Among the most common respiratory illnesses encountered in day-to-day clinical practice are undiagnosed exudative pleural effusions. Thoracentesis is usually the first diagnostic procedure performed to identify the etiology of these effusions. Although etiologies vary from country to country, malignant diseases, tuberculosis and empyema remain the most commonly encountered causes for exudative pleural effusions. Unfortunately, 40% of patients with malignant pleural effusions remain undiagnosed after a routine cytological examination of the pleural fluid and TB culture is positive in only 20% of TPE [6, 7]. Blind pleural biopsy using Abrams needle is easy to perform, safe, and inexpensive. Although the value of closed needle biopsy in malignant pleural effusions is still a matter of controversy, it has a high yield (up to 80%) in TPE particularly when combined with pleural fluid TB culture. This has been attributed to the diffuse pattern in which TB affects the pleura. Hence, closed needle biopsy remains an important diagnostic tool in countries where the pre-test probability of TB is high and has been recommended as the initial diagnostic modality in these areas [812]. Despite being more expensive than blind pleural biopsy, MT is becoming the standard diagnostic modality for undiagnosed exudative pleural effusions in developed and some developing countries as it enables direct visualization of the pleural space. Different studies from many countries have confirmed the high yield of MT in diagnosing exudative pleural effusions that exceeds 70% and can reach as high as 95% in malignant effusions and 99% in TPE [9, 1316]. Taking into consideration the high prevalence of TPE in the study subjects, the diagnostic yield of MT in the current study is lower than what was anticipated. One explanation for the relatively lower yield in Qatar is the low threshold of performing MT for cases with extensive pleural adhesions (due to non-visualization) which has resulted in the finding of non-specific fibrinous pleuritis in as high as 17% of cases (Table 4). Furthermore, the number of thoracoscopic biopsies (2-4 biopsies) performed at Hamad General Hospital per case is lower than the international recommendation and may be a contributor to the low diagnostic yield [12, 17]. Two striking findings have been observed in the current study. The first was the very high percentage of TPE (as compared to malignant effusions) diagnosed by MT in Qatar (84.5% vs. 5.4%). This finding has not been observed in previous studies from other countries including those with high TB prevalence [16, 18]. The other striking finding was the young age of patients with undiagnosed exudative pleural effusions who underwent MT. There are 3 plausible reasons for these findings; firstly, people below the age of 45 years constituted 85% of the total population in Qatar. Labor force from countries with high TB prevalence constitutes a significant proportion of such young population as well as 97% of TB cases encountered in this country [19]. In contrast to pleural TB in developed countries, Ibrahim, et al. in a previous study of pleural TB in Qatar found that younger age groups were the most commonly affected by the disease (84% are below the age of 45 years, with mean age of 31.5). Furthermore, the pleural involvement in most of the cases resulted from primary infection rather than reactivation of an old pulmonary TB [7]. Secondly, in contrast to other developing countries where closed needle biopsy is the initial diagnostic consideration in suspected pleural TB, this procedure is very rarely performed nowadays in Qatar and has largely been replaced by MT. Moreover, owing to the highly effective and strict National TB Control Program in Qatar, there is usually emphasis on tissue or microbiologic diagnosis of TB in the country. The median length of stay (LOS) and duration of chest tube in the current study were 3 days and 1 day respectively. These findings are in agreement with international figures [12]. Nevertheless, we believe that other factors (unrelated to the procedure) such as waiting for confirmatory histologic reports and the process of incorporating patient’s data in TB registry prior to discharge are important contributors to the LOS following MT in Qatar. Recently, it has become feasible in a number of countries to perform the procedure as a day-case [10]. The current study was the first to document the experience with MT in this country with a young population. The results of this study can be generalized to the whole country as Hamad General Hospital is the only tertiary referral center performing MT in Qatar and receives referrals from other health care facilities in the country. Nevertheless, in addition to the limitations inherent in a retrospective study, an important limitation of this study is the lack of comparison between MT and closed needle biopsy with regard to diagnostic yield, safety and cost effectiveness particularly in cases with suspected TPE from this region. Furthermore the finding of a high percentage of nonspecific fibrinous pleuritis due to extensive adhesions has limited the yield of MT in the current study.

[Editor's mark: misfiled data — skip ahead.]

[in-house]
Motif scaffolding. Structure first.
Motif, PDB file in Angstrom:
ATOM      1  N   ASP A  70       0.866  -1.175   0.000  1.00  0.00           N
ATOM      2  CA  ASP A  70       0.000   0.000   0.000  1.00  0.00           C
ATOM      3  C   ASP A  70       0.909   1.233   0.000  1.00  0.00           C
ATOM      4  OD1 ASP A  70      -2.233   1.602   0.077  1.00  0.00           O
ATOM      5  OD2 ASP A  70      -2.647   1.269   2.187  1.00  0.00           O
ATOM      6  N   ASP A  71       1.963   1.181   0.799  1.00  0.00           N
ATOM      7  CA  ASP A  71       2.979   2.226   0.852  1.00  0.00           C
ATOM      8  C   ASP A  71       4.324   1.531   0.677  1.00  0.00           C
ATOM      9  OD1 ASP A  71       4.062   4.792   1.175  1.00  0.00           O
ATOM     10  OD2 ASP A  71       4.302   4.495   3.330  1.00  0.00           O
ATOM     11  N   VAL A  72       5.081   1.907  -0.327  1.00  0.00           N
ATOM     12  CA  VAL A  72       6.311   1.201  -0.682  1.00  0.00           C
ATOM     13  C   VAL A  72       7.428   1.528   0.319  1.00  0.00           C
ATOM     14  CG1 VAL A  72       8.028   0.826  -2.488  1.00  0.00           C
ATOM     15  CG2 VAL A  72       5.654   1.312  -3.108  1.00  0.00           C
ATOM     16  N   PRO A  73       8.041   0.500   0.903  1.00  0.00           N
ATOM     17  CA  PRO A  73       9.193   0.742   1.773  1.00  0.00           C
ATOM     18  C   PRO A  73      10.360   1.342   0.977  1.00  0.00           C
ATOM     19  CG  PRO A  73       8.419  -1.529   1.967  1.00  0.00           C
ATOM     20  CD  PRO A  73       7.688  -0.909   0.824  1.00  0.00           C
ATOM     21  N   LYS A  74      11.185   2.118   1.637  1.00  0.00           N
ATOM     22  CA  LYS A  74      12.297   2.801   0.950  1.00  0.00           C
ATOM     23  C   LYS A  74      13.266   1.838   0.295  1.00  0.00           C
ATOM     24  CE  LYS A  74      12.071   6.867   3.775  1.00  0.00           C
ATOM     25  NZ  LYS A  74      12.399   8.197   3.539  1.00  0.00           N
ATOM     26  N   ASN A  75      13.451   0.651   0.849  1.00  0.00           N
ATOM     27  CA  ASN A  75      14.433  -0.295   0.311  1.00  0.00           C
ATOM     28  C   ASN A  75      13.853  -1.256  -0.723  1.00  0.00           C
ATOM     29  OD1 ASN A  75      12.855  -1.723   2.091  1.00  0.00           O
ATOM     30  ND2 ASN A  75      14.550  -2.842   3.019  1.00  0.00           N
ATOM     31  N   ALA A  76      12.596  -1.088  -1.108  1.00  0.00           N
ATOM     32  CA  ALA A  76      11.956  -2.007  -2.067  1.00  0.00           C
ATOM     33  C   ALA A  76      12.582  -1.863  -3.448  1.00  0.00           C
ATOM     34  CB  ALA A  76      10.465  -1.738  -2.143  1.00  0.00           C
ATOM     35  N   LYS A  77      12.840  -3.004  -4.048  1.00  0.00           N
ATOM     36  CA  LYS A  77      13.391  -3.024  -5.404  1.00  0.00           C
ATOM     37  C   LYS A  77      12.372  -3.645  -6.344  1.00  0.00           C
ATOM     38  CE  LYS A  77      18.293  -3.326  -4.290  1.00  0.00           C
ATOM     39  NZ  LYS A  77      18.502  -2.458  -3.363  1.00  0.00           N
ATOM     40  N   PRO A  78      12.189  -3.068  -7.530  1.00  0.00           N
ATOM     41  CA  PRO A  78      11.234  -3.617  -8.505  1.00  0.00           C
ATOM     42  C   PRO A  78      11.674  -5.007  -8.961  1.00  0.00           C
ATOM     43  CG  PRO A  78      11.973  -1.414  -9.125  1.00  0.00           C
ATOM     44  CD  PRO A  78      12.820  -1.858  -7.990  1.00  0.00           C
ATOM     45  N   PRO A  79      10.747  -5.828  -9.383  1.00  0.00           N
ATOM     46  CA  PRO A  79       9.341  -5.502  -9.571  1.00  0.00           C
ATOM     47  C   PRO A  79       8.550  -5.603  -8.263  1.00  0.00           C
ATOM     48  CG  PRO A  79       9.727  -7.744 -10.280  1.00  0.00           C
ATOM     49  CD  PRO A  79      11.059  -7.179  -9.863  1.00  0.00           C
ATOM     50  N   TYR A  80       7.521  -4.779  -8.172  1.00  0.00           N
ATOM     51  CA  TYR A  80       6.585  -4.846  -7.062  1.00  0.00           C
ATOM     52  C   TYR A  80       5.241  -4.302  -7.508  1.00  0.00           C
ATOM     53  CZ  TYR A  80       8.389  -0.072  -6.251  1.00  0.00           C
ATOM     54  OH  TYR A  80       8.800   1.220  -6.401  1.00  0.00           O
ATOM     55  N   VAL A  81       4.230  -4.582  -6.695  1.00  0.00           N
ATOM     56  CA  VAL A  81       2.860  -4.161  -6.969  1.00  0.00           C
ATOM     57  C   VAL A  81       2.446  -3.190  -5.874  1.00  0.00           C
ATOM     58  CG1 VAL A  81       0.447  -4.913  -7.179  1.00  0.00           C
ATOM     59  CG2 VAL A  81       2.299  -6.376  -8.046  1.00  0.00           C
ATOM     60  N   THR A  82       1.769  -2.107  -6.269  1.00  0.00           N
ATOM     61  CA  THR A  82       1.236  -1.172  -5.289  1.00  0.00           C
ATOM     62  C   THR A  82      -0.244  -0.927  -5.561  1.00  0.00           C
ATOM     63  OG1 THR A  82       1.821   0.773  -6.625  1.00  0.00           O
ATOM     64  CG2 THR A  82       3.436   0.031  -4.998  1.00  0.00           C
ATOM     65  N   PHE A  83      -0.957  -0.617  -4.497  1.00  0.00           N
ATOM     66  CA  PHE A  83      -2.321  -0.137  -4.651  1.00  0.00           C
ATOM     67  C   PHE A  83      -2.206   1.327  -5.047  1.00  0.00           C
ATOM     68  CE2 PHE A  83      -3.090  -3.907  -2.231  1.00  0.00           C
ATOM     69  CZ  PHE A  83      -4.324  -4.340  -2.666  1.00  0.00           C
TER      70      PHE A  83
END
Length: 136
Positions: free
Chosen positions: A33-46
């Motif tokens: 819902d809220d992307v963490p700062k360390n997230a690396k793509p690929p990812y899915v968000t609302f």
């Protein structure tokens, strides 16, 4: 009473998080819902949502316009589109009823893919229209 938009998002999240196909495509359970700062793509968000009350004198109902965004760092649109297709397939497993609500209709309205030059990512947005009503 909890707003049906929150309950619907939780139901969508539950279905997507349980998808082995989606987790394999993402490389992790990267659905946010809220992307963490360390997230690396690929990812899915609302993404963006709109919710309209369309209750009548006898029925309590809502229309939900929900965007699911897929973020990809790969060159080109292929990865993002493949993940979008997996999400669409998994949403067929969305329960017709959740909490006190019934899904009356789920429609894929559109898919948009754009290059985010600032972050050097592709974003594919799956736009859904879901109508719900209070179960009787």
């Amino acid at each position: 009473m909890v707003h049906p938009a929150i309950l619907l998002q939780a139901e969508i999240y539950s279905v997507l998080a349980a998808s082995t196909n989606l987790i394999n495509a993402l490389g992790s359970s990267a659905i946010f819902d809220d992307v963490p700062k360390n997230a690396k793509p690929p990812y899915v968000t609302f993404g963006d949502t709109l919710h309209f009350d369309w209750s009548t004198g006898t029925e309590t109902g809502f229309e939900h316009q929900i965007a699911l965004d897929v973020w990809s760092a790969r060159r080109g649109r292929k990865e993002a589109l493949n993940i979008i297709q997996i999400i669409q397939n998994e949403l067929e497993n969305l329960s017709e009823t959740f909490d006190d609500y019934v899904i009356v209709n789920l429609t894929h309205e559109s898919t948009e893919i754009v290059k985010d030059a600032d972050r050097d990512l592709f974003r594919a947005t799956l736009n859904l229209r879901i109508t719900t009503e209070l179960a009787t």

This study has confirmed the safety and value of MT as a diagnostic modality for undiagnosed exudative pleural effusions. In contrast to studies conducted in other parts of the world (including those with high TB prevalence), the current study confirmed that tuberculous pleuritis is by far the most common cause of undiagnosed exudative pleural effusion in Qatar. Furthermore, there is a very low threshold of using MT (rather than closed needle biopsy) for cases with suspected pleural TB. Owing to the high prevalence of TPE as compared to malignant effusions in Qatar and the previously reported high yield of closed needle biopsy, we recommend that closed needle biopsy rather than MT to be the initial safe, easy and low-cost diagnostic modality when TPE effusion is suspected.